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The Legal Question Each of companies offering these services has a policy designed to ensure that a web site only buys keywords related to their content, and their review process is designed to keep cybersquatters from hijacking popular names and products. Unfortunately, there is no way to guarantee that any one of these keyword ownership services adheres to any naming standard, or even ensures that any purchaser has legal right to any of terms they are buying. This means that rights to copyrighted material like "Pepsi" or generic words like "business" could end up in hands of first buyer. While Pepsiis a well known brand name, there are millions of copyrighted and trademark protected terms, covered in multiple jurisdictions. For these services to police copyright and trademark infringement would not be cost effective or practical.
In summer of 1999, U.S. Court of Appeals for Ninth Circuit, denied Playboy's request for an injunction barring a search engine from selling advertising based on terms playboyand playmate. In precedent setting ruling regarding keyword advertising, Judge Stotler of United States District Court in Santa, Ana, California, dismissed a lawsuit brought by Playboy Enterprises against search engine Excite, Inc. and Netscape. The ruling limited online rights of trademark holders, as it recognized that a trademark may be used without authorization by search engines in advertising sales practices.
Playboy claimed that search engines were displaying paid banner ads from pornographic web sites whenever "playboy" or "playmate" were used as a search term. As owner of trademarks for both terms, Playboy argued that use of its trademarks for a third party sales scheme was trademark infringement and branding dilution.
In ruling dismissing Playboy's case, Judge found that Excite had not used trademarks "playboy" and "playmate" in an unlawful manner. This was because Excite had not used trademarked words to identify Excites own goods or services and therefore trademark infringement laws did not apply. It was further determined that even if there was trademark usage, there was no infringement because there was no evidence that consumers confused Playboy products with services of Excite or Netscape.
What about within Meta Tags? Is it illegal to use trademarked terms in your meta tags? Sometimes. The problem occurs with how and why you are using terms. Web sites that use tags in a deceptive manner have lost legal battles. However, legitimate reasons to use terms have resulted in successful defenses.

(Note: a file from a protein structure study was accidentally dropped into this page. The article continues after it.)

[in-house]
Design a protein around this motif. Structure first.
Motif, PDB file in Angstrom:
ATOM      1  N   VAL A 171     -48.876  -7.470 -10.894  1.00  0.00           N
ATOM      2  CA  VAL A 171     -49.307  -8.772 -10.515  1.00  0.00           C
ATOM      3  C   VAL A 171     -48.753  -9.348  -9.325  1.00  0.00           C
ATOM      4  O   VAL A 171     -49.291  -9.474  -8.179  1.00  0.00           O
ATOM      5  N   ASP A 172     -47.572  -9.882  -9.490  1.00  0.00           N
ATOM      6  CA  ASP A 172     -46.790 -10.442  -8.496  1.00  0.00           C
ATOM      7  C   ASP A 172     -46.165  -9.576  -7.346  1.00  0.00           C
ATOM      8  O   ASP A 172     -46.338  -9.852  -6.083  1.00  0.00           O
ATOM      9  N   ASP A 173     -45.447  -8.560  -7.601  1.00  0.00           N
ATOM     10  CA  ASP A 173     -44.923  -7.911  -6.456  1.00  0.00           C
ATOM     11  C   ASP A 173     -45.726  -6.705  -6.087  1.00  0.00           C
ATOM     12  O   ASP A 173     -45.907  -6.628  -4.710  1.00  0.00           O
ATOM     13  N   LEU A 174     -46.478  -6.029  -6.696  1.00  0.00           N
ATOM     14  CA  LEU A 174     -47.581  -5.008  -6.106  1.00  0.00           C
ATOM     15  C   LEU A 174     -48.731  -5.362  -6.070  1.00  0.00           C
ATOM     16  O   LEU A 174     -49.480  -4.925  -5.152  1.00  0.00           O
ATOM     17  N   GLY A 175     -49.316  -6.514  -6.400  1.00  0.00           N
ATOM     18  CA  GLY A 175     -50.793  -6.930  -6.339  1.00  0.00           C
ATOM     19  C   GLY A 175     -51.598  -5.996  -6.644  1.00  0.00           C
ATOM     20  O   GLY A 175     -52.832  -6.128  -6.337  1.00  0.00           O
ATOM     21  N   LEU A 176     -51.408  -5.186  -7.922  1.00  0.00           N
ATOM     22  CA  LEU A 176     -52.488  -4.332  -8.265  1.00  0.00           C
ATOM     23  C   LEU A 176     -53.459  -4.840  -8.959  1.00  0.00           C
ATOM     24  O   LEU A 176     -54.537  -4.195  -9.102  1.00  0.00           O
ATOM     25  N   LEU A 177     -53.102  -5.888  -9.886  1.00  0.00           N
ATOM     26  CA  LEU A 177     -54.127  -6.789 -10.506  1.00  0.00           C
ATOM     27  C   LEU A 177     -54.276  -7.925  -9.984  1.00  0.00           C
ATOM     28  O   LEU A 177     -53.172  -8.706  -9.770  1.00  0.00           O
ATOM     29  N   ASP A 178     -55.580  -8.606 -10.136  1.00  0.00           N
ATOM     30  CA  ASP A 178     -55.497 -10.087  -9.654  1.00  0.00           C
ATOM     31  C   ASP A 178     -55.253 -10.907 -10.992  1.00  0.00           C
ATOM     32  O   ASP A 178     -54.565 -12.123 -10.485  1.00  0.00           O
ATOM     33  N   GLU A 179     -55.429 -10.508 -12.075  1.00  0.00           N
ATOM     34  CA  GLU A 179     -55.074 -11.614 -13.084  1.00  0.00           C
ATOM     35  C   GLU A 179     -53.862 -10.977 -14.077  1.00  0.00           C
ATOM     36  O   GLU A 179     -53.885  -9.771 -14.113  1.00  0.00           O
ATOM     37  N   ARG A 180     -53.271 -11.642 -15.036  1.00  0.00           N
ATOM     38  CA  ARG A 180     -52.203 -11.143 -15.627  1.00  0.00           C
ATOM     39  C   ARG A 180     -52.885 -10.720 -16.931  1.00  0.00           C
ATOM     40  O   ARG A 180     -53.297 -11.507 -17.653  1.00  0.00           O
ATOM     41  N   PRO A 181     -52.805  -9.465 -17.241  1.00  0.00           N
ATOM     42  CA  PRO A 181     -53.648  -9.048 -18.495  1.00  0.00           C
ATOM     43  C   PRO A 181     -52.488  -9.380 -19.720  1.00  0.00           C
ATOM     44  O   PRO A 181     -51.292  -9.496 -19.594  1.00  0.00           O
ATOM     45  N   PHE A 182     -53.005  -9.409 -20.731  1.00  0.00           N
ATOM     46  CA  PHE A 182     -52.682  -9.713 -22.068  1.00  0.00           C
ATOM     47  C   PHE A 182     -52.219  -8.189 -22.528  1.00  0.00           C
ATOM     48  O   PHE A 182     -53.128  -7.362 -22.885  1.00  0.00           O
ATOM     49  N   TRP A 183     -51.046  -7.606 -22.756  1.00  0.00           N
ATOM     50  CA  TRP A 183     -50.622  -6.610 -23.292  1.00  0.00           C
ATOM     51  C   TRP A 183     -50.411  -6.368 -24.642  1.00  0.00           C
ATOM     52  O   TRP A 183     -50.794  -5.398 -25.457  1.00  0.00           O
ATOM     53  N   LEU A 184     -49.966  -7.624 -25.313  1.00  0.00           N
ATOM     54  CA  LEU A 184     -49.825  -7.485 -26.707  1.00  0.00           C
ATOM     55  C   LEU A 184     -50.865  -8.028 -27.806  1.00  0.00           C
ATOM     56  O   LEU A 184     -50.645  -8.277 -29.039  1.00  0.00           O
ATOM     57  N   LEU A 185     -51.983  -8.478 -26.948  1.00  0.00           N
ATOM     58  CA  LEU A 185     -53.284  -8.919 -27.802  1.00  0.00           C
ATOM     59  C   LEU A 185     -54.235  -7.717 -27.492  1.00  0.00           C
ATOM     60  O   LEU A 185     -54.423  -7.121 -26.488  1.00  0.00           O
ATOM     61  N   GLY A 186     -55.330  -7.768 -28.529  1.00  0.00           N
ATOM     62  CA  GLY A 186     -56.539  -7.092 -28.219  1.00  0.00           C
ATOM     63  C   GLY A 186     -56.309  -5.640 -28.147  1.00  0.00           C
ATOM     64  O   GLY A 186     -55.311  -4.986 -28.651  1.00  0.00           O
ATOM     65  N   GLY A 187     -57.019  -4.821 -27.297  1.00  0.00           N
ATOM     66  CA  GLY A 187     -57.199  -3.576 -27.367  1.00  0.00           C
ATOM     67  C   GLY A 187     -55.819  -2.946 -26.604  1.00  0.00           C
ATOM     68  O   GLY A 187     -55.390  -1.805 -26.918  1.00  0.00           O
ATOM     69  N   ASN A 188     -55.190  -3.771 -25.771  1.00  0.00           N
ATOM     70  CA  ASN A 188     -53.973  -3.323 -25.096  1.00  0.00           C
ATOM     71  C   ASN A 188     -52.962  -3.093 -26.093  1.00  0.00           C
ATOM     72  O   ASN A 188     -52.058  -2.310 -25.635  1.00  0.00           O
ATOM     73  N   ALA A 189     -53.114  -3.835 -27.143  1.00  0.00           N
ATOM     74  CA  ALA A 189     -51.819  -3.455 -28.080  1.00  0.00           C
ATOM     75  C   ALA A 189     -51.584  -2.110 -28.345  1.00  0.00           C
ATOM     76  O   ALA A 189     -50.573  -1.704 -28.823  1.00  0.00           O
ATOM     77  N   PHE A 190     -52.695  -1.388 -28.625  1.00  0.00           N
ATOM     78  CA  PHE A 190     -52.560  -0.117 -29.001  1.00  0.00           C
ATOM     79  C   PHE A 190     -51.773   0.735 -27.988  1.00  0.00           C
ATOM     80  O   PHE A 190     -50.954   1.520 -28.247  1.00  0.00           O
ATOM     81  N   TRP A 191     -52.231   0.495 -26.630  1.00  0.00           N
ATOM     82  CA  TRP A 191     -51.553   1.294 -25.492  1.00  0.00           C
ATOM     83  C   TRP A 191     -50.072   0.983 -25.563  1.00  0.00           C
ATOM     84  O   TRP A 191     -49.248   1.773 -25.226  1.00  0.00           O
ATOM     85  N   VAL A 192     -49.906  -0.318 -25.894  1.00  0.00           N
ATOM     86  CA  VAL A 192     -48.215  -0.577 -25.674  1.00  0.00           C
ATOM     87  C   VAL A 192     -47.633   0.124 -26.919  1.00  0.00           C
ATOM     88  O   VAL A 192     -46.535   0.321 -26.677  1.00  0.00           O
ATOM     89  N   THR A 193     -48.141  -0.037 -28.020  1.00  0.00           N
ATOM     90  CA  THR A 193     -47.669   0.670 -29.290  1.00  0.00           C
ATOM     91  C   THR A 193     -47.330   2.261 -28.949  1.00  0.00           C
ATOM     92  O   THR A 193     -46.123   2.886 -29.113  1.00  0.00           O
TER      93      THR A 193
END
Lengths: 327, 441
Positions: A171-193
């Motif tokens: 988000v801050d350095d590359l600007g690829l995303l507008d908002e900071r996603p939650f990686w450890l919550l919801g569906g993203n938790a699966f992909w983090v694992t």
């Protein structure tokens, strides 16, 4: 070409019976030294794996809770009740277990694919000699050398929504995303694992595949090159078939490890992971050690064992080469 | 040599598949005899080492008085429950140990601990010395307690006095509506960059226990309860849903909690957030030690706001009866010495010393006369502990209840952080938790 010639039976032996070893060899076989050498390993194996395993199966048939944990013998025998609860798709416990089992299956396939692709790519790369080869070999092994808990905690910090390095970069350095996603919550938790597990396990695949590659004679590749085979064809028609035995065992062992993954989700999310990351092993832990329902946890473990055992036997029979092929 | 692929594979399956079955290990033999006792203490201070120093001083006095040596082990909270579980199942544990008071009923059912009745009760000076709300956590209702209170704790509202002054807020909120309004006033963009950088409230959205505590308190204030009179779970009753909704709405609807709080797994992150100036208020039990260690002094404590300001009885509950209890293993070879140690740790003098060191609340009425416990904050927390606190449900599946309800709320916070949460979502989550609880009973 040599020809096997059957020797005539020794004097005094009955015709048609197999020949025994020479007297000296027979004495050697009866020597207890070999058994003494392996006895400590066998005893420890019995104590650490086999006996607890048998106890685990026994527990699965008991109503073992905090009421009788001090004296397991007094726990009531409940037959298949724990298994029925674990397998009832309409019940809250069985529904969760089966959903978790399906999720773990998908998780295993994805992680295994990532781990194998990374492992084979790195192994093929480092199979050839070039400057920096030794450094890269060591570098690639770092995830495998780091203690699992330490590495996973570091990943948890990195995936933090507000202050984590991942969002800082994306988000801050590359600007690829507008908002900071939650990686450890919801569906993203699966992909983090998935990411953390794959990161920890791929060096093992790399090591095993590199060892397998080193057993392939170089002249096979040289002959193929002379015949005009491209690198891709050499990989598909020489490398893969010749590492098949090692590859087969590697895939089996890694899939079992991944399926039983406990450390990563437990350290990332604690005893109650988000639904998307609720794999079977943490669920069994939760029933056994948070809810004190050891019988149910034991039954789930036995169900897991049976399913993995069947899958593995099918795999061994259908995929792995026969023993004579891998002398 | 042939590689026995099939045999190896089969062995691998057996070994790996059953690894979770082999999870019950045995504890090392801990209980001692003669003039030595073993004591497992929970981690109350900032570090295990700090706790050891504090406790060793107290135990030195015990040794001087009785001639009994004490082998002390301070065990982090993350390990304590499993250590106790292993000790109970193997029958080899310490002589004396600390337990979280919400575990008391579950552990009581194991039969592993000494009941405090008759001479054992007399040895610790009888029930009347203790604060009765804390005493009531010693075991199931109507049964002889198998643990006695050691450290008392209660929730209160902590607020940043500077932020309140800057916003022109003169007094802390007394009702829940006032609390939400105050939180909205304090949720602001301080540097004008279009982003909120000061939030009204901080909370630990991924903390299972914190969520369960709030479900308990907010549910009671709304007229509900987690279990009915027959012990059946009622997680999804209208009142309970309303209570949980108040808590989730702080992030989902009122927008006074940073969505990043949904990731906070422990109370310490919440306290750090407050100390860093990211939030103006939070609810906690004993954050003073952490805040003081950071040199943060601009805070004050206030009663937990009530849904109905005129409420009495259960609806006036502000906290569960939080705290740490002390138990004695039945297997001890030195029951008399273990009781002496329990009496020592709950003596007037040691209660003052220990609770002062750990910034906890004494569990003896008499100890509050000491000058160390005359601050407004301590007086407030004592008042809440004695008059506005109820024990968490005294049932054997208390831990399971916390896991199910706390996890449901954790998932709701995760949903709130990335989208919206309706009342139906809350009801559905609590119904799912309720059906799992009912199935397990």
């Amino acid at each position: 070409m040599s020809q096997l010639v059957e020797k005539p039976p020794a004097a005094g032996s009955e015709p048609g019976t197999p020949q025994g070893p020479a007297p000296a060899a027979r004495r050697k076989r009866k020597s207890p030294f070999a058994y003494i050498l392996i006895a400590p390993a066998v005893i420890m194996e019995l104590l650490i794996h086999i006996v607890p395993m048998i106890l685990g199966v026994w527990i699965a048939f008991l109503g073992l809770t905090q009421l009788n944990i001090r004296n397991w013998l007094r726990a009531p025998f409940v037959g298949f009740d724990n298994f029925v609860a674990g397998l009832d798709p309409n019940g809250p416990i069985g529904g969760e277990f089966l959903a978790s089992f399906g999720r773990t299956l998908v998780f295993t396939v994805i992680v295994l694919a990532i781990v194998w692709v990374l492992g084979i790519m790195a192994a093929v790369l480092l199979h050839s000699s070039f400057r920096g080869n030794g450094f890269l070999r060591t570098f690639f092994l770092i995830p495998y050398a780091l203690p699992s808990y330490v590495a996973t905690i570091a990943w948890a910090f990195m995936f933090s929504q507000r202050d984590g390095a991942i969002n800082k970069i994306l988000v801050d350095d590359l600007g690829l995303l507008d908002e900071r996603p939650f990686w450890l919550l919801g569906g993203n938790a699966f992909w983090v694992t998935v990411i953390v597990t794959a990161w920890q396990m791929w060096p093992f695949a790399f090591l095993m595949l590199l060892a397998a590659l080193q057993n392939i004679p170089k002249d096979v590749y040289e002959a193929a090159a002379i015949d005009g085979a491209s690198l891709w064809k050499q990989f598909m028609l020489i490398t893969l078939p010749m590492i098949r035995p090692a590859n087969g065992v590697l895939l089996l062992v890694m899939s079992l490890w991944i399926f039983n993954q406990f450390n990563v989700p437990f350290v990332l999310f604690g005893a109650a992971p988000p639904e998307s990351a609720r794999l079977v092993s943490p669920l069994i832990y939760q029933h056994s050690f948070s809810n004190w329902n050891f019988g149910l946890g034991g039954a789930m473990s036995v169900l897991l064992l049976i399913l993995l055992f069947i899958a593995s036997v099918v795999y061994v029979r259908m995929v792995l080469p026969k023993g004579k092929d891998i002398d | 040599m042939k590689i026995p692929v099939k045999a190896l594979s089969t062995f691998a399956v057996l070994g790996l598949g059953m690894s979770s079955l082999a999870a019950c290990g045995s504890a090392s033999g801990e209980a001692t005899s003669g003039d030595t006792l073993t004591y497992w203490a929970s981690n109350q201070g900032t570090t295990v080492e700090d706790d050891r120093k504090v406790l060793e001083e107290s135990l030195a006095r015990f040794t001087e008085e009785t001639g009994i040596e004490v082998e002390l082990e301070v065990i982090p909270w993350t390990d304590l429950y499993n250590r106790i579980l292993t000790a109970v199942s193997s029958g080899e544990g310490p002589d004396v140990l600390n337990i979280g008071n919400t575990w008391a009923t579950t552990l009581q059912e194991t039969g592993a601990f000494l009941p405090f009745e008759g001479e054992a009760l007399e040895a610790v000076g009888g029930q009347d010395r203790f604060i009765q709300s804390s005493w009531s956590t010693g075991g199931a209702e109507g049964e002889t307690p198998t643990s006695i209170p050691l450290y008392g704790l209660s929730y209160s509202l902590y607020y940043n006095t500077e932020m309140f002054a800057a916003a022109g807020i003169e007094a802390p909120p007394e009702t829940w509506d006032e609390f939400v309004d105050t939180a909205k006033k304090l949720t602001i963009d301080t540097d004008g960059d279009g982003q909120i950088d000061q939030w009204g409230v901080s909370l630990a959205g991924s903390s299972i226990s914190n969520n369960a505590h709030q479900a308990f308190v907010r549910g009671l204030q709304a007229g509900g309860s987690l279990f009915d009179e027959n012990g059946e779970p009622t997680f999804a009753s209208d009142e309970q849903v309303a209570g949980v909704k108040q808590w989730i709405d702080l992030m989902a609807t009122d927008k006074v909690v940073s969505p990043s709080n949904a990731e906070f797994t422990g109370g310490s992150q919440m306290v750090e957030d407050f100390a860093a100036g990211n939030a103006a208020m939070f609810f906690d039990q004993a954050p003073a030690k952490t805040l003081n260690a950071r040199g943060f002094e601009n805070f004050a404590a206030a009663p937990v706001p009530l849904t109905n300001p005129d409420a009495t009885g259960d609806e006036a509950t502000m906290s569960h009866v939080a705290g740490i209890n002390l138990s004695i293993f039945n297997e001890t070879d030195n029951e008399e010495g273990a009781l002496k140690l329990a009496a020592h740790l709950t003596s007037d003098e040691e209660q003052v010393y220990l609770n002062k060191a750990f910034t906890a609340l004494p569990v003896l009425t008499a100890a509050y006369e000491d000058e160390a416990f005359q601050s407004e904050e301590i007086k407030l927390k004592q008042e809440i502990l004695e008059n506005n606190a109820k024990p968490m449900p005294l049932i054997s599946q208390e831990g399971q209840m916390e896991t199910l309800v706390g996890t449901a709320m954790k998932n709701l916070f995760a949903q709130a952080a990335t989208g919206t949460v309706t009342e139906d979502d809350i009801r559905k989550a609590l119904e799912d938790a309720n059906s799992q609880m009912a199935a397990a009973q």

In a case involving Playboy, firm was able to prove trademark infringement, based on use of their trademark in meta tags, url and content on web site. The case was filed by firm against web site operators for stuffing their web pages with words Playboyand Playmatehundreds of times. Furthermore, defendants were also using terms Playboy and Playmate in site names, URLs, and slogans. In this case Judge ruled for Playboy, as there was a clear case of trademark infringement.
In separate case, Playboy vs. Terri Welles, court refused Playboys request. The reason was simple. Terri Welles was Playboy's 1981 Playmate of Year. She had used terms "Playmate" and "Playboy" on her web pages and within her meta tags, and Court felt she had a legitimate right to use them to accurately describe herself, and to ensure that search engines could catalog her web site properly within their databases. Playboy's appeal was dismissed on Feb. 1, 2002.
In Summary It is clear that if you have a legitimate reason to use a trademarked word or phrase in your web site you can. You may also rent their ownership from one of keyword ownershipcompanies. Be careful, though, it is possible that may get sued.
Does technology work? Yes, but only for some of approximately 3% of Internet users worldwide who have installed any one of a variety of competing plugins that enable this type of searching. I stress a fraction of 3%, as you would need to buy keywords from each individual vendor to ensure reaching all 2%.
Richard Zwicky is a founder and the CEO of Metamend Software, www.metamend.com, a Victoria B.C. based firm whose cutting edge Search Engine Optimization software is recognized as the world leader in its field. Employing a staff of 10, the firm's business comes from around the world, with clients from every continent. Most recently the company was recognized for their geo-locational, or GIS, along with their phraseology technology and context sensitive search technologies.